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Getting the Best from a Virtual Team

1 July 2014

Gaurav Gupta
Interglobe Technologies

The virtual team is not a new concept. It's actually a traditional concept, but the term is fairly new for some of us. A virtual team is one that is geographically dispersed; its members are sharing common goals and objectives while they are working from different locations. There are many pros and cons to virtual teams. I have had experience working with them for almost eight years, and so far these experiences have been good.

There are few important points, however, that we really need to take into consideration while working with or being a part of a virtual team.

Understand the culture of the geographic region where your team is located. If you neglect this, then cultural differences may come into the picture and affect the productivity of the team. If you have done your homework properly, then surely the project will run smoothly and the team members sitting in different locations will also enjoy the work and respect each other.

Team members in different locations need to be able to use a common language for verbal communication. There is the possibility that the communication skills of a few team members are not at a high level, and this arrangement gives them the chance to improve. In my experience, I have learned that they will not speak fluently in the beginning; however, over the course of time they will start participating and understanding the context, helped by other members' pitch and tone.

In addition to phone calls, there must be some other mode of communication the team can use for smaller matters. Methods include Microsoft Communicator, for example, or other messenger or chat portals. For small issues, the team shouldn't be dependent on phone calls only, and they can resolve most of these issues well through chat messenges. This will help maintain economies of scale.

It's important to consider allocation of work. During the initial work allocation, properly define the tasks and expectations to the team, because every member is not physically present at the same location. Hence it's really important to explain each task properly and thoroughly to avoid any miscommunication.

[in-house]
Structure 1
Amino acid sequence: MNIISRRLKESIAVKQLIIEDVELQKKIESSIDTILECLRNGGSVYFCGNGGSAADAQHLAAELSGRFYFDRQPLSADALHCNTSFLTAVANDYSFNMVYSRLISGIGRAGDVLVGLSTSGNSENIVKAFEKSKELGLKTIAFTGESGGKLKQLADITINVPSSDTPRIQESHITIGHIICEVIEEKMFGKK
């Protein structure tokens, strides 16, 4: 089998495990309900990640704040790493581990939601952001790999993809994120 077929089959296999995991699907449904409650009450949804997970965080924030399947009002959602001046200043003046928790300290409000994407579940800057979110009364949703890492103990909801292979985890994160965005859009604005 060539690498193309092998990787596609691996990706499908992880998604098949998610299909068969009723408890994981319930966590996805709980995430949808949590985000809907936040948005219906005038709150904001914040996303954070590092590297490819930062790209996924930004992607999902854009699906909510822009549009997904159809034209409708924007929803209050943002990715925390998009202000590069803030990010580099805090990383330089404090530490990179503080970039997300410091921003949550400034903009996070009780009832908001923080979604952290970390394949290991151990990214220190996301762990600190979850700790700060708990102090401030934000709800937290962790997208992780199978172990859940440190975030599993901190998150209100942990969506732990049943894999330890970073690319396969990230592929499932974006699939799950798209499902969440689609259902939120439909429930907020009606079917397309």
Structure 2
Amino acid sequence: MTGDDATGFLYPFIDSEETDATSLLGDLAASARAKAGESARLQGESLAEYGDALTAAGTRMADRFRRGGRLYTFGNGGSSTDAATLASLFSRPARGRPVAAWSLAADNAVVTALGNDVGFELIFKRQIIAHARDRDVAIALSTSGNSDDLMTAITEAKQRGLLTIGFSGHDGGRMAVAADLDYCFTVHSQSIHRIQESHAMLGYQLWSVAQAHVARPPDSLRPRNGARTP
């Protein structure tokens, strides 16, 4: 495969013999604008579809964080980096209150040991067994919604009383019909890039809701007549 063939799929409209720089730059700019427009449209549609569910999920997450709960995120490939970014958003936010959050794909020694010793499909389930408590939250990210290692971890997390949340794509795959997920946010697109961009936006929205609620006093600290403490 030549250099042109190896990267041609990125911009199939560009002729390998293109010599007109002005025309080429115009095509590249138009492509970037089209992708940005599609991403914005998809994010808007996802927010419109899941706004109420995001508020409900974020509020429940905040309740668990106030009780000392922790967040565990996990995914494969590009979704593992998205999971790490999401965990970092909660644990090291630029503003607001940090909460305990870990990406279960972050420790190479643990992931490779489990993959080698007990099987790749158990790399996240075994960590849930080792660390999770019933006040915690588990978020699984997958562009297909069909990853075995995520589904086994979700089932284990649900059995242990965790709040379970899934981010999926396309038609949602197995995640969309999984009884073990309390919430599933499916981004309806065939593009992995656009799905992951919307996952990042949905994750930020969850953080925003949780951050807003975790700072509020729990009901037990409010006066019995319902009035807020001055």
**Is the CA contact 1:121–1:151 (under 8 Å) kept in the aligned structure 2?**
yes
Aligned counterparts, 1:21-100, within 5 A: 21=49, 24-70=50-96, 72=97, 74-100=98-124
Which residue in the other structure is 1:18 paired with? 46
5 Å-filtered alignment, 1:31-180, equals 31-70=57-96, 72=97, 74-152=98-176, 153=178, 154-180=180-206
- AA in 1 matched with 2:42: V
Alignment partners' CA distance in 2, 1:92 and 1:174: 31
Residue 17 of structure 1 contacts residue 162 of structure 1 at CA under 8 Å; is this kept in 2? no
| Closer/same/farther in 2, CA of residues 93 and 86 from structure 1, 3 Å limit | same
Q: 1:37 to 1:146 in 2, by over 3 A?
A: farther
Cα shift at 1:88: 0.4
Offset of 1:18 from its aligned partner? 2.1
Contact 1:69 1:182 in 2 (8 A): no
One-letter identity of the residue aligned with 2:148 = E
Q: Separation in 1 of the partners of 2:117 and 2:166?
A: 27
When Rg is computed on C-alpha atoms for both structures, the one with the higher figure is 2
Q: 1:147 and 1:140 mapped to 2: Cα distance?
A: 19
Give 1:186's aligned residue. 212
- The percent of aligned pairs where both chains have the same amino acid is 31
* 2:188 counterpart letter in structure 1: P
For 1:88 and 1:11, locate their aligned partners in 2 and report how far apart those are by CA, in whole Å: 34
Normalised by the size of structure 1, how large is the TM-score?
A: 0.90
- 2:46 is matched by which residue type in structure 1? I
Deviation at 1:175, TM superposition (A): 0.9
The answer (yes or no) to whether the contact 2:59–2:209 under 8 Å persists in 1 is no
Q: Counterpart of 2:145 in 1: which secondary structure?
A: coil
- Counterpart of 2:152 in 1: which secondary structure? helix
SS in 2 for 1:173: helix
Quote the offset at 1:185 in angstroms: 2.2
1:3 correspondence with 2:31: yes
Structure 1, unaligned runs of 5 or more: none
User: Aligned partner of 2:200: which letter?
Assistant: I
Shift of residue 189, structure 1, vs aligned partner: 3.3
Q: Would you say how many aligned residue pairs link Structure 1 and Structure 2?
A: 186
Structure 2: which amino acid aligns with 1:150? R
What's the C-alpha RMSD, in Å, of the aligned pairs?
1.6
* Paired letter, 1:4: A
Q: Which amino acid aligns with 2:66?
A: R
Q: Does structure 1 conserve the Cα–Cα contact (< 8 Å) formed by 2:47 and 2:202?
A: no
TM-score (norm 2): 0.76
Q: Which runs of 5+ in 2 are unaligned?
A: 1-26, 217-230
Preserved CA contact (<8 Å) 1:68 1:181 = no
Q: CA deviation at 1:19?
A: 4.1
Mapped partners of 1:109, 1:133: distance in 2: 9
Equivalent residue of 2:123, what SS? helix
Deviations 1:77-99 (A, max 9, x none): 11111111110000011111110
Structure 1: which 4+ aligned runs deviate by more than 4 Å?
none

At least once every two weeks, arrange a conference call with the complete team. In addition to technical issues, they should be encouraged to discuss personal matters (as is comfortable), through various one-on-one and team-building sessions. Sometimes if a team member is facing an issue and wants to discuss it with the complete team, these sessions can be extremely helpful.

Colocation is also important for the virtual team. Colocation means the most active members should be placed at same location, at least for a temporary period. This enhances team bonding and gives the team an opportunity to discuss the most critical issues. It will enhance team productivity and boost each individual's ability to perform as an effective part of the team.

Opinions represent those of the author and not of Scrum Alliance. The sharing of member-contributed content on this site does not imply endorsement of specific Scrum methods or practices beyond those taught by Scrum Alliance Certified Trainers and Coaches.

Article Rating

Current rating: 3.3 (3 ratings)


Tim Baffa, CSM, 7/1/2014 4:04:16 PM
Having also served several ""virtual" teams not co-located and very geographically dispersed, I can say that my most significant challenge was coming up with ways to simulate as close as possible a team that is actually co-located.

If available, telepresence meetings are very beneficial for simulating live attendance. The best communication of course is face-to-face. There are other tools available that help simulate co-located attendance.

Also if possible, pair programming is very helpful for facilitating the bonding aspect of a co-located team.

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